The formation of stars in distant galaxies is still largely unexplored. For the first time, astron-omers at the University of Geneva have now been able to closely observe a star system six billion light-years away. In doing so, they are confirming earlier simulations made by the University of Zurich. One special effect is made possible by the multiple reflections of images that run through the cosmos like a snake.

Today, astronomers have a pretty accurate idea of how stars were formed in the recent cosmic past. But do these laws also apply to older galaxies? For around a...

Im Focus: Visual intelligence is not the same as IQ

Just because someone is smart and well-motivated doesn't mean he or she can learn the visual skills needed to excel at tasks like matching fingerprints, interpreting medical X-rays, keeping track of aircraft on radar displays or forensic face matching.

That is the implication of a new study which shows for the first time that there is a broad range of differences in people's visual ability and that these...

Im Focus: Novel Nano-CT device creates high-resolution 3D-X-rays of tiny velvet worm legs

Computer Tomography (CT) is a standard procedure in hospitals, but so far, the technology has not been suitable for imaging extremely small objects. In PNAS, a team from the Technical University of Munich (TUM) describes a Nano-CT device that creates three-dimensional x-ray images at resolutions up to 100 nanometers. The first test application: Together with colleagues from the University of Kassel and Helmholtz-Zentrum Geesthacht the researchers analyzed the locomotory system of a velvet worm.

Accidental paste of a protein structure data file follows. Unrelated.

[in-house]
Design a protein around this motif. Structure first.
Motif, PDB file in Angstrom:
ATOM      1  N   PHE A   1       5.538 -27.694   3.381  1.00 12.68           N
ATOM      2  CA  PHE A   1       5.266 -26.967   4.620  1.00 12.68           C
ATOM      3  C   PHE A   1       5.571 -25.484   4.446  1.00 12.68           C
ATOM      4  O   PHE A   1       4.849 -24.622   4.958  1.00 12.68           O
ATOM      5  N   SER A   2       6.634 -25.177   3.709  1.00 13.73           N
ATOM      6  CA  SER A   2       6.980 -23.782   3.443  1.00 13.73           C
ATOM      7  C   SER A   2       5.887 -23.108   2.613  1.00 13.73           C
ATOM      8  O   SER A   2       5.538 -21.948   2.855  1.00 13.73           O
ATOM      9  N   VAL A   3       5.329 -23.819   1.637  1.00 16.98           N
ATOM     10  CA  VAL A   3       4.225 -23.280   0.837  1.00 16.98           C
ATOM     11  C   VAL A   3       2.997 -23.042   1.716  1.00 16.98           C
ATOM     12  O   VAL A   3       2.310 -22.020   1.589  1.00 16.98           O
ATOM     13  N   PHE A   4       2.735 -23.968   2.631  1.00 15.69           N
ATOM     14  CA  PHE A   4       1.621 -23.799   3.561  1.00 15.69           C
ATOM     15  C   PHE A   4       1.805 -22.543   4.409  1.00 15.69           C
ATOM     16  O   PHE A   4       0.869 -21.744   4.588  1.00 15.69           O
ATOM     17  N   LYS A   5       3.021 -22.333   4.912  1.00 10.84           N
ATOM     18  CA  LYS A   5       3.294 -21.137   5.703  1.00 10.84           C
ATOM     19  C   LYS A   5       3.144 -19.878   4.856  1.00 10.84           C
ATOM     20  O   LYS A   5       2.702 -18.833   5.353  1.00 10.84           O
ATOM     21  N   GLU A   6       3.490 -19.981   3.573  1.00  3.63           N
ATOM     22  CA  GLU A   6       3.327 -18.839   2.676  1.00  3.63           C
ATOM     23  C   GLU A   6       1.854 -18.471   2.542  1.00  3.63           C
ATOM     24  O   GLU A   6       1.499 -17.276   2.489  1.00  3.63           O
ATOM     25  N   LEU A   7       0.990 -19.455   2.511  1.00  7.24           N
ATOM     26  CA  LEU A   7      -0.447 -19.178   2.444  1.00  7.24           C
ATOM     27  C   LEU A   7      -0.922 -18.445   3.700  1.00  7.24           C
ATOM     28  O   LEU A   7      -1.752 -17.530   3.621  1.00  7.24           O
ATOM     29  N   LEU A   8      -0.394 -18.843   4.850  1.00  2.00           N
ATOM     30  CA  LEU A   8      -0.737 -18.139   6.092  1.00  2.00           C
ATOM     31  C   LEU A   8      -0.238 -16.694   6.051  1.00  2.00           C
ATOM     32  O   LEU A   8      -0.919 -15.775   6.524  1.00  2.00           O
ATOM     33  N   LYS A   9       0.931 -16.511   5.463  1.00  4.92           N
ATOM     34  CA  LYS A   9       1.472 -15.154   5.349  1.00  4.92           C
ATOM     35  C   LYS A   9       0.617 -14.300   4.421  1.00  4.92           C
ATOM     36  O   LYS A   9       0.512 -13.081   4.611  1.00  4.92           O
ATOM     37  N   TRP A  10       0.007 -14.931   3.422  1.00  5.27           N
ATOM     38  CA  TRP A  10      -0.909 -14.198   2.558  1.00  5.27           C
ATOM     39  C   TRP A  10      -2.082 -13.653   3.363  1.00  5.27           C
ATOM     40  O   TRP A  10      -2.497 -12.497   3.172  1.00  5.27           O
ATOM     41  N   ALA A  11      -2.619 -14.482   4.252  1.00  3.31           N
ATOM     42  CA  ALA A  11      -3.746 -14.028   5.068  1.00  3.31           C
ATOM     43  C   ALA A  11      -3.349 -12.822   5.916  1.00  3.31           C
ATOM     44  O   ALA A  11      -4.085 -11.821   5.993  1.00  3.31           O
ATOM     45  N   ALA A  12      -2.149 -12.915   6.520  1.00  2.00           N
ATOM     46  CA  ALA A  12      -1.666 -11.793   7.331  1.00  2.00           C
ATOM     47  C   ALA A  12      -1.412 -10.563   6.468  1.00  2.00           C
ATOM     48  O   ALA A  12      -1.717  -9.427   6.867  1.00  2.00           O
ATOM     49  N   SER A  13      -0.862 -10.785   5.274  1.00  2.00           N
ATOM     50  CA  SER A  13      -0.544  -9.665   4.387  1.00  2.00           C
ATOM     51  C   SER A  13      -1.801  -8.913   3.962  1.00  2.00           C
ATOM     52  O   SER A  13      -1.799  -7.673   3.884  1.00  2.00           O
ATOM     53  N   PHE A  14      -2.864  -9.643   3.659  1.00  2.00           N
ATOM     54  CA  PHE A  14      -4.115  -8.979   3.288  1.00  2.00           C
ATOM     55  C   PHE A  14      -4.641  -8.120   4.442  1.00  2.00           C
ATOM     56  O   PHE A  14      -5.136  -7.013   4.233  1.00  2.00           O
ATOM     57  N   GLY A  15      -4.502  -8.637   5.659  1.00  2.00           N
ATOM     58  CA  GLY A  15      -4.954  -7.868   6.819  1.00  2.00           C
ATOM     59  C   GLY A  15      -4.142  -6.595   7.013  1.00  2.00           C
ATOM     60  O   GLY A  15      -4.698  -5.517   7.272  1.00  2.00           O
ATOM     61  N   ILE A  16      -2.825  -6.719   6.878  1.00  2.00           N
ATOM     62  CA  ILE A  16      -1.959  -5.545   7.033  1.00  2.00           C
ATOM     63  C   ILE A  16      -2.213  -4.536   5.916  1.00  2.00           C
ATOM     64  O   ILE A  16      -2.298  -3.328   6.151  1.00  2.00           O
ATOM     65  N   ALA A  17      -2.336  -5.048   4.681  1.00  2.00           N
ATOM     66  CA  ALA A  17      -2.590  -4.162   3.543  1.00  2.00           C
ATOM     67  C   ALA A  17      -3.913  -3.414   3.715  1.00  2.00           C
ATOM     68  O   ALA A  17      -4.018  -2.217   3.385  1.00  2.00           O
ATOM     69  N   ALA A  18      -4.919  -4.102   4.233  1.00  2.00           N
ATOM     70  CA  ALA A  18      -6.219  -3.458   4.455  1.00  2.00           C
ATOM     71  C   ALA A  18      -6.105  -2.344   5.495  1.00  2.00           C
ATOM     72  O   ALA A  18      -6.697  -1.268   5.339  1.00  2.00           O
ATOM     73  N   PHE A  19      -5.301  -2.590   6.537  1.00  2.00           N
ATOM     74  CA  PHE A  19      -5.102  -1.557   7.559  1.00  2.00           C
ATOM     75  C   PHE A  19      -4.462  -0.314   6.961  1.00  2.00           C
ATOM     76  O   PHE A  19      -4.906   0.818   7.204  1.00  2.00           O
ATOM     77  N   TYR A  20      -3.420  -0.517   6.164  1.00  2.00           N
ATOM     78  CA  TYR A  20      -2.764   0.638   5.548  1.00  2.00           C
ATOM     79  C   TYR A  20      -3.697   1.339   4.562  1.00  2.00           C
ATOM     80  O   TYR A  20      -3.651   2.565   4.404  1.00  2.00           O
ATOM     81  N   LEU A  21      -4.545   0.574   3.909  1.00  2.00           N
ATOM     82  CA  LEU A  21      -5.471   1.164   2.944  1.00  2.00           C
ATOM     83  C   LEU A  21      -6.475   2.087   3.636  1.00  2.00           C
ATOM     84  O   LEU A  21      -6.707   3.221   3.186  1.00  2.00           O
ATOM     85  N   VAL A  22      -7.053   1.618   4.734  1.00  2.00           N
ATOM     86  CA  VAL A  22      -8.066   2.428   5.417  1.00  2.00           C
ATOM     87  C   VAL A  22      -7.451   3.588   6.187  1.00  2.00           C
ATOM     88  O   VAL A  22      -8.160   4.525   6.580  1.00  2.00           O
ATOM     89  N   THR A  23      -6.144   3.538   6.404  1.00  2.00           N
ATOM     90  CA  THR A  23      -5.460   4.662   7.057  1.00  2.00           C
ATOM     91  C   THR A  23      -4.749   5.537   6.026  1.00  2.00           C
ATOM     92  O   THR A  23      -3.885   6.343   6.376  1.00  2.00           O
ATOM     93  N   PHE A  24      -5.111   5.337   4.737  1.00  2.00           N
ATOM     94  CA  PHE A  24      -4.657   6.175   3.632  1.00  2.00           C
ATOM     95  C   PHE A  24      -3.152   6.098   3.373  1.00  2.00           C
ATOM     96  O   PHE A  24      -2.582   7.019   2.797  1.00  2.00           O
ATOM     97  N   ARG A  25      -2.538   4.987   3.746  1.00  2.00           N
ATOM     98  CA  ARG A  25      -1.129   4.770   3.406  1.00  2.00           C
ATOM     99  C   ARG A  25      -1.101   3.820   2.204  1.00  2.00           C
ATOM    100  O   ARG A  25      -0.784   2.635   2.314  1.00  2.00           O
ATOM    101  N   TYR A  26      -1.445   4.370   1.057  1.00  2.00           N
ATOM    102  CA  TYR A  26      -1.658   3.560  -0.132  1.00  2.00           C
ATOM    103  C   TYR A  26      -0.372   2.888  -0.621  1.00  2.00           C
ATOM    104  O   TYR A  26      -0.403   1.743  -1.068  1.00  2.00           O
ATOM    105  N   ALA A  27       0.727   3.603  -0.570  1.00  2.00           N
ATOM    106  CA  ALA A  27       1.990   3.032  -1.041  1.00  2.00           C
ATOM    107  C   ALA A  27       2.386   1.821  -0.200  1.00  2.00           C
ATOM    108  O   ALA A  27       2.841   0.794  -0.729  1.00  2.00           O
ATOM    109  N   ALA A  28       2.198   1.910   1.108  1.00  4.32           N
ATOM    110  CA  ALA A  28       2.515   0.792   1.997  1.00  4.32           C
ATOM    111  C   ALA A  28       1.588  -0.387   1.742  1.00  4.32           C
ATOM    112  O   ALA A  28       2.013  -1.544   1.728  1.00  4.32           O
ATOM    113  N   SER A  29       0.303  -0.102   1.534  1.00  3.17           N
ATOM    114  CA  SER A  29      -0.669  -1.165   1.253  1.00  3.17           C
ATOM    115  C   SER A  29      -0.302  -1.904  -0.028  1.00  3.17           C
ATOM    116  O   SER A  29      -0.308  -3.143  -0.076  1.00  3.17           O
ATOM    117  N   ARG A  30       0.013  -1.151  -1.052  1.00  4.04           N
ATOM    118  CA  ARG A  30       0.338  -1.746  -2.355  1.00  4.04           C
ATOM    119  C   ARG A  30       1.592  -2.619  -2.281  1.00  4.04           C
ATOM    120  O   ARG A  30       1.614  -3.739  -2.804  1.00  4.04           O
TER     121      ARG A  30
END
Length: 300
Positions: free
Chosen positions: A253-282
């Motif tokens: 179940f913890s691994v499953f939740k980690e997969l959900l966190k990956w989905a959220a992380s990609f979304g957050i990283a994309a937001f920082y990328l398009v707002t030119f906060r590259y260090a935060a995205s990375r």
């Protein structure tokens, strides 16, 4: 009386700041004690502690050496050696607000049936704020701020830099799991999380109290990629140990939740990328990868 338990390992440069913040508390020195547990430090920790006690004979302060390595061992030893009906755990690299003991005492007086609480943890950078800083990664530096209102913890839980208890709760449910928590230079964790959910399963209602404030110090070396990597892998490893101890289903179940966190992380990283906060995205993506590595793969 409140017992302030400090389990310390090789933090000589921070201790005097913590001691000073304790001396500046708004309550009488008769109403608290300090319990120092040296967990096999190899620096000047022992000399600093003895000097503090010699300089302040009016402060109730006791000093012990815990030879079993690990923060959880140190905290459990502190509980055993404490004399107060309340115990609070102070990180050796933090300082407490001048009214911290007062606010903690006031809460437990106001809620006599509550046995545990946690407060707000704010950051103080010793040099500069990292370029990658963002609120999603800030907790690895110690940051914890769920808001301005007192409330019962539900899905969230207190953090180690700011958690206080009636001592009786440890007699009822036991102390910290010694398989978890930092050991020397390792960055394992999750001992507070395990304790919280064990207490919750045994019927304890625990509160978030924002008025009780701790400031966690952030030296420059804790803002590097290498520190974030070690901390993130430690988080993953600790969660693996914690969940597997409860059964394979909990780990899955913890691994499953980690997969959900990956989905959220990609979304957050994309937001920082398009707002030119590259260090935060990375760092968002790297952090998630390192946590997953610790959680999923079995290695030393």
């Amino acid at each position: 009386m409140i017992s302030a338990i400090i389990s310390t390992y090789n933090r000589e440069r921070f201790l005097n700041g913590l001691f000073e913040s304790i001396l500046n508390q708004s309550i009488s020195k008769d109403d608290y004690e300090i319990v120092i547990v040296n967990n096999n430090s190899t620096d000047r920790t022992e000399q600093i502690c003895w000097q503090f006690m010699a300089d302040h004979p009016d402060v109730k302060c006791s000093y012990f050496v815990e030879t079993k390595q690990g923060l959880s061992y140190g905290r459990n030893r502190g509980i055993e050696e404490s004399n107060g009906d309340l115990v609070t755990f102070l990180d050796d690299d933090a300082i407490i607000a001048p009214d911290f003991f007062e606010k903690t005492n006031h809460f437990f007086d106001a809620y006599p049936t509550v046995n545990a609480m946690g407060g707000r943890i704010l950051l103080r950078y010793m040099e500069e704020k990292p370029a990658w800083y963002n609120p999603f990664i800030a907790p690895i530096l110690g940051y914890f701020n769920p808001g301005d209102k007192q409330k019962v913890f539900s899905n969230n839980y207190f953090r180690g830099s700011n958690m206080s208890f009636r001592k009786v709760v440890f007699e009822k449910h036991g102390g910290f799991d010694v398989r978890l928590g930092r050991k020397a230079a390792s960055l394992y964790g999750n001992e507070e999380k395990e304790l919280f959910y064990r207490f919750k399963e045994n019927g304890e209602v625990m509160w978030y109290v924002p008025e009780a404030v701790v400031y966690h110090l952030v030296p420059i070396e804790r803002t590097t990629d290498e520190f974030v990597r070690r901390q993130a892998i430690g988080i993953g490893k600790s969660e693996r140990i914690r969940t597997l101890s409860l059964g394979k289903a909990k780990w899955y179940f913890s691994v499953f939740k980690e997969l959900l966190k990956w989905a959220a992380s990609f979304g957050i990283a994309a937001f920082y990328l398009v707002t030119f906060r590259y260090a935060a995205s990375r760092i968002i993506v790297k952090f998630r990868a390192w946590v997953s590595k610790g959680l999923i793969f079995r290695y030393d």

During a CT analysis, the object under investigation is x-rayed and a detector measures the respective amount of radiation absorbed from various angles....

Im Focus: Researchers Develop Data Bus for Quantum Computer

The quantum world is fragile; error correction codes are needed to protect the information stored in a quantum object from the deteriorating effects of noise. Quantum physicists in Innsbruck have developed a protocol to pass quantum information between differently encoded building blocks of a future quantum computer, such as processors and memories. Scientists may use this protocol in the future to build a data bus for quantum computers. The researchers have published their work in the journal Nature Communications.

Future quantum computers will be able to solve problems where conventional computers fail today. We are still far away from any large-scale implementation,...

All Focus news of the innovation-report >>>

Anzeige

Anzeige

Event News

Ecology Across Borders: International conference brings together 1,500 ecologists

15.11.2017 | Event News

Road into laboratory: Users discuss biaxial fatigue-testing for car and truck wheel

15.11.2017 | Event News

#Berlin5GWeek: The right network for Industry 4.0

30.10.2017 | Event News

 
Latest News

Previous evidence of water on mars now identified as grainflows

21.11.2017 | Physics and Astronomy

NASA's James Webb Space Telescope completes final cryogenic testing

21.11.2017 | Physics and Astronomy

New catalyst controls activation of a carbon-hydrogen bond

21.11.2017 | Life Sciences

VideoLinks
B2B-VideoLinks
More VideoLinks >>>